Though allowing 171 ypg rushing, 303 of those came against Navy. Up front the Huskies are led by mammoth tackles/ends Kenton Adeyemi (6’4, 291, RSr.), Foley Fatusaki (6’4, 304, RSo.) and Julian Campeni (6’0, 306, RSr.). Luke Carrezola (6’3, 255, So.) plays a hybrid defensive end/rush backer so one play he may be in a 3-point stance while falling back into coverage on the next. Poindexter won’t have his front-7 blitzing very often as he’ll often drop 7 or 8 back into coverage in his quarters zone scheme in which he tries to make opposing QB’s throw into very small windows (explaining the passing yards allowed and number of interceptions). For this reason the defense only has 15 sacks on the season (97th) with the high motor running’s Fatusaki and Carrezola with 5 and 4 each. Carrezola also leads the unit with 7.5 tackles-for-loss, and has 2 forced and recovered fumbles. Fatusaki has TFL and 4 QB hurries with Adeyemi adding 3.5 TFL and 2 sacks himself. Mikal Myers (6’1, 323, RJr.) is also a run stopper in the middle and has 4 TFL in reserve.

Middle linebacker Junior Joseph (6’1, 242, RSo.) and strongside linebacker Graham Stewart (6’1, 237, RSr.) are fast flowing hard hitters. Joseph has 73 tackles, including 3.5 TFL, and an interception. Stewart meanwhile, is tied with Carrezola with 7.5 TFL among his 51 total while adding 2 sacks. These linebackers just aren’t big and physical but athletic as well with Stewart acting as a ‘spy’ in many games when facing a speedy dynamic QB. Matt Walsh (6’1, 241, Jr.) is another tough and experienced linebacker who shares time with Marquis Vann (6’0, 231, RSr.) on the weakside. Walsh has 44 tackles including 3.5 for loss while Vann is more of the drop back type in zone type, adding 29 tackle and an interception.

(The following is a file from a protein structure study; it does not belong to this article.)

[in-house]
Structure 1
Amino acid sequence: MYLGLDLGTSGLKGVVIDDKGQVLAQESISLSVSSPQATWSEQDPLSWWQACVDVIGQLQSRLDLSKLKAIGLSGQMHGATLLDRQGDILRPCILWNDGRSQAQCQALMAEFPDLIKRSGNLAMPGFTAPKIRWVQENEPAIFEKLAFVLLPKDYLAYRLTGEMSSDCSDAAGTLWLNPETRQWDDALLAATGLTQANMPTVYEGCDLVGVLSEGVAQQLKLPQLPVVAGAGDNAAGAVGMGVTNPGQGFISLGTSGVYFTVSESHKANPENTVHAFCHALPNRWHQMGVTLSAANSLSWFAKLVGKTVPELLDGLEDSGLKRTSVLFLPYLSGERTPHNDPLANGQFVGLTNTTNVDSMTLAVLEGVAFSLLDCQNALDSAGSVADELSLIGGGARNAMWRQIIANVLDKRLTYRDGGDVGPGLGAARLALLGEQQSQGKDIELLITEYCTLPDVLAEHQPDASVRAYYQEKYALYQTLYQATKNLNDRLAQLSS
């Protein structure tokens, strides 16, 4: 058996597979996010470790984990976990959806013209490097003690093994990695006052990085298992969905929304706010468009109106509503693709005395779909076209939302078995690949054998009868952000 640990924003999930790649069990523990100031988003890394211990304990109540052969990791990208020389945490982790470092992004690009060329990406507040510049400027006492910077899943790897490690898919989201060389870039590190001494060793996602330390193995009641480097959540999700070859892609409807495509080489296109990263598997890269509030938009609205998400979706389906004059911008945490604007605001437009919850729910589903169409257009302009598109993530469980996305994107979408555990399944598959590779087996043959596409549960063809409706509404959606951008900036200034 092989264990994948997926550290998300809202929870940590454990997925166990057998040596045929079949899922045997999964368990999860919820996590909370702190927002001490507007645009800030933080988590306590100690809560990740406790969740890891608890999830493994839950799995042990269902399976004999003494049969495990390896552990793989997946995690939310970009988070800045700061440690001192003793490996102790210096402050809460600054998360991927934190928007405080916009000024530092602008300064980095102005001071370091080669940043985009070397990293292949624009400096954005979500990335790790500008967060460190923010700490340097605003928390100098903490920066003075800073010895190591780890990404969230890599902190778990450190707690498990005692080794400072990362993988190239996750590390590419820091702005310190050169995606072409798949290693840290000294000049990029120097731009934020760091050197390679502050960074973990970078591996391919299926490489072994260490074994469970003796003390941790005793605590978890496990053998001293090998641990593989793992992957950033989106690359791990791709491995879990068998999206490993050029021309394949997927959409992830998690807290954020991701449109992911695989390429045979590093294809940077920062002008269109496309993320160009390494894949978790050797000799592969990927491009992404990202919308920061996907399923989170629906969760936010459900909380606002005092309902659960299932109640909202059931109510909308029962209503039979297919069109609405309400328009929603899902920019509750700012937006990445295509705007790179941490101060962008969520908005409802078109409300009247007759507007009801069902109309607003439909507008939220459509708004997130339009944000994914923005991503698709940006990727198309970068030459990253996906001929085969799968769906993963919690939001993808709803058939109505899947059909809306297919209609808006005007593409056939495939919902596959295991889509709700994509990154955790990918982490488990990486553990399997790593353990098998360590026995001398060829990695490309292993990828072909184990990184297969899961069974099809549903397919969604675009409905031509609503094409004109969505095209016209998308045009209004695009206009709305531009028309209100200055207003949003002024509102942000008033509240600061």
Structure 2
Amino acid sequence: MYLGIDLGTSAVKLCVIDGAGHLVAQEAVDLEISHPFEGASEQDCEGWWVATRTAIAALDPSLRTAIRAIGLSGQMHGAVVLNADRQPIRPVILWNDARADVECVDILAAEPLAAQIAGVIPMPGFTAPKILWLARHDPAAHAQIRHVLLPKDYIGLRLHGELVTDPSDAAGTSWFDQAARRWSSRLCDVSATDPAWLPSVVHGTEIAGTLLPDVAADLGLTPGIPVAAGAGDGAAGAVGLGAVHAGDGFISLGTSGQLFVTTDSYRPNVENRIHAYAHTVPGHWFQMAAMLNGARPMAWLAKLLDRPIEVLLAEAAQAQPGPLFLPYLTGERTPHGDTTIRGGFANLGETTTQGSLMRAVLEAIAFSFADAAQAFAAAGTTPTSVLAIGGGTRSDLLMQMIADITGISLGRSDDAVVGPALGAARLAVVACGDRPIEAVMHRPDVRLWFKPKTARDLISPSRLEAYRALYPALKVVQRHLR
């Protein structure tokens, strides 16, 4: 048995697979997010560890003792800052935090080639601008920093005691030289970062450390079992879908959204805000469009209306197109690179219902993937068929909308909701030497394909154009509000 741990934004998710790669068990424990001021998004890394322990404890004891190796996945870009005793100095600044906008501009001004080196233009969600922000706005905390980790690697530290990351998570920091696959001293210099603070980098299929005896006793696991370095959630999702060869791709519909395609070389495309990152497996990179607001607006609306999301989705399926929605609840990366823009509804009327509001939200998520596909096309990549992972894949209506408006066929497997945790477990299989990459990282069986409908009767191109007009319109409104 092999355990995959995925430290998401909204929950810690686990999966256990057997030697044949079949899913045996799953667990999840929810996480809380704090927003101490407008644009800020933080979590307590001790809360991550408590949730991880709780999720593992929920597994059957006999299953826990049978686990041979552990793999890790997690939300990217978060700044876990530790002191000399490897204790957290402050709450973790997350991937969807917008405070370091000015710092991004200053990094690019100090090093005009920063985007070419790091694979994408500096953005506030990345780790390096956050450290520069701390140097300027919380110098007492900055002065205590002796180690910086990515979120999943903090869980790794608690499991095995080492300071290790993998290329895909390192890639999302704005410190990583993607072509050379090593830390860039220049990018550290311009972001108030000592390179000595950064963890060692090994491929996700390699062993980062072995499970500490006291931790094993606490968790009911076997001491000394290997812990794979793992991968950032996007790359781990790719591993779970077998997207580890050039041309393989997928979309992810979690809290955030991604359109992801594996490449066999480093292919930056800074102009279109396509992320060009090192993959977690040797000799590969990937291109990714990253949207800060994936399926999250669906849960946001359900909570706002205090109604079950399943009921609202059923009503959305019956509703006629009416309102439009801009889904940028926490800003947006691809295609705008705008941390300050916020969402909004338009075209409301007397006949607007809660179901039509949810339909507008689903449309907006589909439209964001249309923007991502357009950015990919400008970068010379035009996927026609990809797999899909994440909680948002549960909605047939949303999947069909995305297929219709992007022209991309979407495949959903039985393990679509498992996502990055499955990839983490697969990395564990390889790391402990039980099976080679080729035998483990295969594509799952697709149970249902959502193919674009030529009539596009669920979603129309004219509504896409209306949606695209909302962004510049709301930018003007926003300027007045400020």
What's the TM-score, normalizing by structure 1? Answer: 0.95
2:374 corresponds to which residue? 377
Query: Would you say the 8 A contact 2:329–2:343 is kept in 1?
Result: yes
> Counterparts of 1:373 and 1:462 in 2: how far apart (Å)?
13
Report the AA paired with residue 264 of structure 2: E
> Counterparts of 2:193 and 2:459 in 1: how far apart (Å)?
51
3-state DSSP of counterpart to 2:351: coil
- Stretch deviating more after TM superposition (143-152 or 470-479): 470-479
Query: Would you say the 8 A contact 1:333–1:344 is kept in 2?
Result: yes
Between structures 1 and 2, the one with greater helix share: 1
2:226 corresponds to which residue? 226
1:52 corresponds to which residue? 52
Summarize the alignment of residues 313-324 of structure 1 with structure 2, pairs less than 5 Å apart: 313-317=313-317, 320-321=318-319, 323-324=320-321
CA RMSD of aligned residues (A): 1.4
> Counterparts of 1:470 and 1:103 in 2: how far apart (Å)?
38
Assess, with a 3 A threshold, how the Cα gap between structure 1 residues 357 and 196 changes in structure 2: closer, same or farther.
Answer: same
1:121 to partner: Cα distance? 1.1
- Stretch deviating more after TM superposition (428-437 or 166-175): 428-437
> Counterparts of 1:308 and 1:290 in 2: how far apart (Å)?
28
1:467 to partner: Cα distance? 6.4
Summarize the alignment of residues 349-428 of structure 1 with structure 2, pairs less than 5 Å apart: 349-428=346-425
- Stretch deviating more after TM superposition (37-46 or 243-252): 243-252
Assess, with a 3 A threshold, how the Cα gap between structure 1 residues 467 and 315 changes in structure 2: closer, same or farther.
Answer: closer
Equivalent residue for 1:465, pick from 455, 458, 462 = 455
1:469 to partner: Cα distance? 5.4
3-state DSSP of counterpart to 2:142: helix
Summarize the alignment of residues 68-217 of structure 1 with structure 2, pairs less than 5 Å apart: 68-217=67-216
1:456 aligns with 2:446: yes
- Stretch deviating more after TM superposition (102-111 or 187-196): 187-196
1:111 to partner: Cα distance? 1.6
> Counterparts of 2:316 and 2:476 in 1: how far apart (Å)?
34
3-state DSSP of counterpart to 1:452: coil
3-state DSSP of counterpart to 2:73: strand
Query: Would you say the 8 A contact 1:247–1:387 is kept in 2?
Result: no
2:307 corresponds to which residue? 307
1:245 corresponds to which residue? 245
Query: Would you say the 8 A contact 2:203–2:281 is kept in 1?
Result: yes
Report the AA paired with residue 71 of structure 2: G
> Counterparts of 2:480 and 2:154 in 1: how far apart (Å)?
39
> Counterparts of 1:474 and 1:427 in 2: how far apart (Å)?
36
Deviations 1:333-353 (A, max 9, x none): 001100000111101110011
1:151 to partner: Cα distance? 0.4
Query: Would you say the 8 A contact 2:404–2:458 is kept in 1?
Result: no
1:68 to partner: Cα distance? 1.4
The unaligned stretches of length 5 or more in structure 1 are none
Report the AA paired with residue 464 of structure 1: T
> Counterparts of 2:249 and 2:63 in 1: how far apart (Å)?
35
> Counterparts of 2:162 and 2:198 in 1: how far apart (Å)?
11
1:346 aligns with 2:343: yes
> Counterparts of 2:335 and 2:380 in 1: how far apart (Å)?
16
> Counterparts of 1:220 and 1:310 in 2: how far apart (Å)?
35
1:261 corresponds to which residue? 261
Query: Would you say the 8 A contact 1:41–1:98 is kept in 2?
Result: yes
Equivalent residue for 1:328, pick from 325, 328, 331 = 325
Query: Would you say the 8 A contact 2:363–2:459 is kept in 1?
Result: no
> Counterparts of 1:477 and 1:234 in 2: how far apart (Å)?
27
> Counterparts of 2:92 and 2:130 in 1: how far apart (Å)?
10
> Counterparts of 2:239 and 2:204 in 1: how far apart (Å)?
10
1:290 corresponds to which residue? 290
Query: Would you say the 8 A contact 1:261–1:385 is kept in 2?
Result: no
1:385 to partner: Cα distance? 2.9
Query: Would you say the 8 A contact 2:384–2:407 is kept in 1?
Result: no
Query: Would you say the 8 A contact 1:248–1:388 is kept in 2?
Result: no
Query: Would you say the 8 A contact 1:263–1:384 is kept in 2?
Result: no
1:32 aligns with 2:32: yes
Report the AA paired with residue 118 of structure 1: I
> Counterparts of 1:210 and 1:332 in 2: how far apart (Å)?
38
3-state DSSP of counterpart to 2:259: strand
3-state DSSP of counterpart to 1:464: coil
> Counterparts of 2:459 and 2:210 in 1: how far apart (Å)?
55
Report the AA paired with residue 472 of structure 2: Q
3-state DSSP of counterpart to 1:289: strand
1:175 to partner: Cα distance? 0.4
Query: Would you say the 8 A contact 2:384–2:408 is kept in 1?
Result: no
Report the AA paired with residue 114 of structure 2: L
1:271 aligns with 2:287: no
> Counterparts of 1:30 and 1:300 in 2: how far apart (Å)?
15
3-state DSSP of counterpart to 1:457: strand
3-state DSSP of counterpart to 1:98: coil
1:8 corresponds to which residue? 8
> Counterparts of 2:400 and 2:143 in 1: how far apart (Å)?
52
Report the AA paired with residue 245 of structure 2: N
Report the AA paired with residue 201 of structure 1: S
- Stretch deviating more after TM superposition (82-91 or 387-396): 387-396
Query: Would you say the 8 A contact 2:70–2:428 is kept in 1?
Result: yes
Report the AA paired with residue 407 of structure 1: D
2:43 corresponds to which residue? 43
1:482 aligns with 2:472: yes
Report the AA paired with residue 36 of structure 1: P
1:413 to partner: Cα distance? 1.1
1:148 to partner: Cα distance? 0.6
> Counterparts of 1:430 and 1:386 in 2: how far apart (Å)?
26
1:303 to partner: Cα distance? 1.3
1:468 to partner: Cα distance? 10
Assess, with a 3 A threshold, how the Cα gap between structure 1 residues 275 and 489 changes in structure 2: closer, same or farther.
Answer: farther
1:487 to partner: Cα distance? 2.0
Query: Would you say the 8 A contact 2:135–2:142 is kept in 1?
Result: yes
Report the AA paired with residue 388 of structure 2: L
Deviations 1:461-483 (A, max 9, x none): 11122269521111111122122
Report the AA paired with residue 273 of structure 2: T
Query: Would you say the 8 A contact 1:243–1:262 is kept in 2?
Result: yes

They’ll be facing an offense that rushed for a season low 96 yards against the Tigers last week. Even so, the Coogs average 255.3 yards-per-game on the ground for the season (8th) while passing for 256.5 (36th). Their total offense of 511.8 is 13th in the nation and their 43.5 points-per-game is 8th.

The battle along the line of scrimmage will be one to see as Houston started its EIGHTH different starting lineup along the offensive line last week. Let me repeat that, the Cougars started their EIGHTH different starting lineup last week, highlighted by two redshirt freshmen and a true freshman. If offensive line coach Derek Warehime doesn’t get the award for the best assistant coach in the nation this season they should just toss it in the garbage.

Alex Cooper (6’4, 305, Sr.) has been solid all season having alternated between right tackle (to begin the season), right guard (for a few games in the middle of the season), and now at left tackle. Mason Denley (6’4, 305, RFr.) has settled in nicely at left guard in three of the last four games (having sat out two games ago because of a concussion), after not seeing any playing time the first four games of the season.